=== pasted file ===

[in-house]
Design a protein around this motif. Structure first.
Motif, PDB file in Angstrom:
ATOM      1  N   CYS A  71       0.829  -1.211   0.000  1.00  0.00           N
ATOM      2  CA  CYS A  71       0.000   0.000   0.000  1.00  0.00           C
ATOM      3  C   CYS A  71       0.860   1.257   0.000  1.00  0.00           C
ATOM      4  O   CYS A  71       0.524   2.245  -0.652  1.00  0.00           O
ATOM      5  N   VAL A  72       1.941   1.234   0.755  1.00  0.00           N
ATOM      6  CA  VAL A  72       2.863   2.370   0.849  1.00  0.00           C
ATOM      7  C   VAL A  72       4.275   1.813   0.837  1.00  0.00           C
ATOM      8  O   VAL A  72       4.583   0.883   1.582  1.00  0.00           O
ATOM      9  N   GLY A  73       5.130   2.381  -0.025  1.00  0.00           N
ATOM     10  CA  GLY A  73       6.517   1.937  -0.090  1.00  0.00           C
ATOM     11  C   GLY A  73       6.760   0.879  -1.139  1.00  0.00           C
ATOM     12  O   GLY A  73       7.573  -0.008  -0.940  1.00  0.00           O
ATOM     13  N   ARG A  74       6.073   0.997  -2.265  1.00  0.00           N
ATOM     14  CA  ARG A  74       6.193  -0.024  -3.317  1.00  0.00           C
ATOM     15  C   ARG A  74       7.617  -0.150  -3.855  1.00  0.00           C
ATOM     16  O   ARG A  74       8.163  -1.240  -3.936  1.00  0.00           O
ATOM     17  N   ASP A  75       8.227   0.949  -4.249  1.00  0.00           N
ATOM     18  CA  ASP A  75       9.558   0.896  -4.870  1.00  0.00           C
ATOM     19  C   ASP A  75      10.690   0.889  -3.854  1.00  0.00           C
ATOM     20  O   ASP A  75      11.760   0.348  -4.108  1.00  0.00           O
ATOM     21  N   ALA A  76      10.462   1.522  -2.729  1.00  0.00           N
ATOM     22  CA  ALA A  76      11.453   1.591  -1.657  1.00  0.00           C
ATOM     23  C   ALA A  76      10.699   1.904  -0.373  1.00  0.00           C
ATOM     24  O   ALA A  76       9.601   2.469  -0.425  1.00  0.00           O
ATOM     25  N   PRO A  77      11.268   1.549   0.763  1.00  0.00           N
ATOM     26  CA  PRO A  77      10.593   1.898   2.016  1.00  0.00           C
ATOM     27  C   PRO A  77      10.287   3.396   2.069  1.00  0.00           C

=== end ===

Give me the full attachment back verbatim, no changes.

[in-house]
Design a protein around this motif. Structure first.
Motif, PDB file in Angstrom:
ATOM      1  N   CYS A  71       0.829  -1.211   0.000  1.00  0.00           N
ATOM      2  CA  CYS A  71       0.000   0.000   0.000  1.00  0.00           C
ATOM      3  C   CYS A  71       0.860   1.257   0.000  1.00  0.00           C
ATOM      4  O   CYS A  71       0.524   2.245  -0.652  1.00  0.00           O
ATOM      5  N   VAL A  72       1.941   1.234   0.755  1.00  0.00           N
ATOM      6  CA  VAL A  72       2.863   2.370   0.849  1.00  0.00           C
ATOM      7  C   VAL A  72       4.275   1.813   0.837  1.00  0.00           C
ATOM      8  O   VAL A  72       4.583   0.883   1.582  1.00  0.00           O
ATOM      9  N   GLY A  73       5.130   2.381  -0.025  1.00  0.00           N
ATOM     10  CA  GLY A  73       6.517   1.937  -0.090  1.00  0.00           C
ATOM     11  C   GLY A  73       6.760   0.879  -1.139  1.00  0.00           C
ATOM     12  O   GLY A  73       7.573  -0.008  -0.940  1.00  0.00           O
ATOM     13  N   ARG A  74       6.073   0.997  -2.265  1.00  0.00           N
ATOM     14  CA  ARG A  74       6.193  -0.024  -3.317  1.00  0.00           C
ATOM     15  C   ARG A  74       7.617  -0.150  -3.855  1.00  0.00           C
ATOM     16  O   ARG A  74       8.163  -1.240  -3.936  1.00  0.00           O
ATOM     17  N   ASP A  75       8.227   0.949  -4.249  1.00  0.00           N
ATOM     18  CA  ASP A  75       9.558   0.896  -4.870  1.00  0.00           C
ATOM     19  C   ASP A  75      10.690   0.889  -3.854  1.00  0.00           C
ATOM     20  O   ASP A  75      11.760   0.348  -4.108  1.00  0.00           O
ATOM     21  N   ALA A  76      10.462   1.522  -2.729  1.00  0.00           N
ATOM     22  CA  ALA A  76      11.453   1.591  -1.657  1.00  0.00           C
ATOM     23  C   ALA A  76      10.699   1.904  -0.373  1.00  0.00           C
ATOM     24  O   ALA A  76       9.601   2.469  -0.425  1.00  0.00           O
ATOM     25  N   PRO A  77      11.268   1.549   0.763  1.00  0.00           N
ATOM     26  CA  PRO A  77      10.593   1.898   2.016  1.00  0.00           C
ATOM     27  C   PRO A  77      10.287   3.396   2.069  1.00  0.00           C